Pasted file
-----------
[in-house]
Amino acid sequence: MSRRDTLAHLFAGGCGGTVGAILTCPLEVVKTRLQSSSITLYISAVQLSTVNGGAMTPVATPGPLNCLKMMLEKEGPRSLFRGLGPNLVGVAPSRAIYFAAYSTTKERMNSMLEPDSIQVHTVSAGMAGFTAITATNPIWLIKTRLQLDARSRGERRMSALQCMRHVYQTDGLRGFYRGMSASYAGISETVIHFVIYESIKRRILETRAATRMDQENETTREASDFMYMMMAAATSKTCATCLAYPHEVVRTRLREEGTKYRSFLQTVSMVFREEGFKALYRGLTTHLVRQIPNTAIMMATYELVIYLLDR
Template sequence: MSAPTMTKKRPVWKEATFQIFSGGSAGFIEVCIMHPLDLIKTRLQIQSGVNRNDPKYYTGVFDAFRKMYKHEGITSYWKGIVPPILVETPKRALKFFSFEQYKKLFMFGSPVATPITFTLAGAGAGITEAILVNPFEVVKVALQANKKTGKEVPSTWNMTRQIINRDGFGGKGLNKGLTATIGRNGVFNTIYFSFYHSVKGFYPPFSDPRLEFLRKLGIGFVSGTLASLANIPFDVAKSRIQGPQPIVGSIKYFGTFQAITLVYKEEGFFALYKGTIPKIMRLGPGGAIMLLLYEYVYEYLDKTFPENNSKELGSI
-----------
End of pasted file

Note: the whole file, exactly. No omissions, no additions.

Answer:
[in-house]
Amino acid sequence: MSRRDTLAHLFAGGCGGTVGAILTCPLEVVKTRLQSSSITLYISAVQLSTVNGGAMTPVATPGPLNCLKMMLEKEGPRSLFRGLGPNLVGVAPSRAIYFAAYSTTKERMNSMLEPDSIQVHTVSAGMAGFTAITATNPIWLIKTRLQLDARSRGERRMSALQCMRHVYQTDGLRGFYRGMSASYAGISETVIHFVIYESIKRRILETRAATRMDQENETTREASDFMYMMMAAATSKTCATCLAYPHEVVRTRLREEGTKYRSFLQTVSMVFREEGFKALYRGLTTHLVRQIPNTAIMMATYELVIYLLDR
Template sequence: MSAPTMTKKRPVWKEATFQIFSGGSAGFIEVCIMHPLDLIKTRLQIQSGVNRNDPKYYTGVFDAFRKMYKHEGITSYWKGIVPPILVETPKRALKFFSFEQYKKLFMFGSPVATPITFTLAGAGAGITEAILVNPFEVVKVALQANKKTGKEVPSTWNMTRQIINRDGFGGKGLNKGLTATIGRNGVFNTIYFSFYHSVKGFYPPFSDPRLEFLRKLGIGFVSGTLASLANIPFDVAKSRIQGPQPIVGSIKYFGTFQAITLVYKEEGFFALYKGTIPKIMRLGPGGAIMLLLYEYVYEYLDKTFPENNSKELGSI